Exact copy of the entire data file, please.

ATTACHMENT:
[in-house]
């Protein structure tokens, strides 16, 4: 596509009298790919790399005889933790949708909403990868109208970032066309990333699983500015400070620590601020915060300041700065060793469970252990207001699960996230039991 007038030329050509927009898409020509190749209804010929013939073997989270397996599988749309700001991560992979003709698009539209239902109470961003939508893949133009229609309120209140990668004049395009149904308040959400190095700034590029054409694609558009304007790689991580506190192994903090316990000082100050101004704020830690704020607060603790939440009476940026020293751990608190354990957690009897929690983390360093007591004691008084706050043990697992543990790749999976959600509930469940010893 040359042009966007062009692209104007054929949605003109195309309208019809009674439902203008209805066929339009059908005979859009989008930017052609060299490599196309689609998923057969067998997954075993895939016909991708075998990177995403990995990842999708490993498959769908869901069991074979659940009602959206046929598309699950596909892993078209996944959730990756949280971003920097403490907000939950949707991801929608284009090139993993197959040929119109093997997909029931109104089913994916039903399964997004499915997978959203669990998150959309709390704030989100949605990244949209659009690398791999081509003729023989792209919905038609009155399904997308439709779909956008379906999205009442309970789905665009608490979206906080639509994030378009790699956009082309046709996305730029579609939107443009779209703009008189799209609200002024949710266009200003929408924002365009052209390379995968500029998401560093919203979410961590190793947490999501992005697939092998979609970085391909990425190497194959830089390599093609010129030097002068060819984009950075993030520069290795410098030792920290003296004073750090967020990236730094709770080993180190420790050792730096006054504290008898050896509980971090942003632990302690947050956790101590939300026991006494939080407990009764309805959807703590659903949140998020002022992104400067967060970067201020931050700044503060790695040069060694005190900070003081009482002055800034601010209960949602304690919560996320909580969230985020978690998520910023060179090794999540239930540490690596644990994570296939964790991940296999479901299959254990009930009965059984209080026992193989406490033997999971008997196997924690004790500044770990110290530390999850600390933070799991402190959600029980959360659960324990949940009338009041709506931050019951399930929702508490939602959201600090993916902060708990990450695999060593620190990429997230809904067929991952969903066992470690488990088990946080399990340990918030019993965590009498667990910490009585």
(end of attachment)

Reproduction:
[in-house]
């Protein structure tokens, strides 16, 4: 596509009298790919790399005889933790949708909403990868109208970032066309990333699983500015400070620590601020915060300041700065060793469970252990207001699960996230039991 007038030329050509927009898409020509190749209804010929013939073997989270397996599988749309700001991560992979003709698009539209239902109470961003939508893949133009229609309120209140990668004049395009149904308040959400190095700034590029054409694609558009304007790689991580506190192994903090316990000082100050101004704020830690704020607060603790939440009476940026020293751990608190354990957690009897929690983390360093007591004691008084706050043990697992543990790749999976959600509930469940010893 040359042009966007062009692209104007054929949605003109195309309208019809009674439902203008209805066929339009059908005979859009989008930017052609060299490599196309689609998923057969067998997954075993895939016909991708075998990177995403990995990842999708490993498959769908869901069991074979659940009602959206046929598309699950596909892993078209996944959730990756949280971003920097403490907000939950949707991801929608284009090139993993197959040929119109093997997909029931109104089913994916039903399964997004499915997978959203669990998150959309709390704030989100949605990244949209659009690398791999081509003729023989792209919905038609009155399904997308439709779909956008379906999205009442309970789905665009608490979206906080639509994030378009790699956009082309046709996305730029579609939107443009779209703009008189799209609200002024949710266009200003929408924002365009052209390379995968500029998401560093919203979410961590190793947490999501992005697939092998979609970085391909990425190497194959830089390599093609010129030097002068060819984009950075993030520069290795410098030792920290003296004073750090967020990236730094709770080993180190420790050792730096006054504290008898050896509980971090942003632990302690947050956790101590939300026991006494939080407990009764309805959807703590659903949140998020002022992104400067967060970067201020931050700044503060790695040069060694005190900070003081009482002055800034601010209960949602304690919560996320909580969230985020978690998520910023060179090794999540239930540490690596644990994570296939964790991940296999479901299959254990009930009965059984209080026992193989406490033997999971008997196997924690004790500044770990110290530390999850600390933070799991402190959600029980959360659960324990949940009338009041709506931050019951399930929702508490939602959201600090993916902060708990990450695999060593620190990429997230809904067929991952969903066992470690488990088990946080399990340990918030019993965590009498667990910490009585």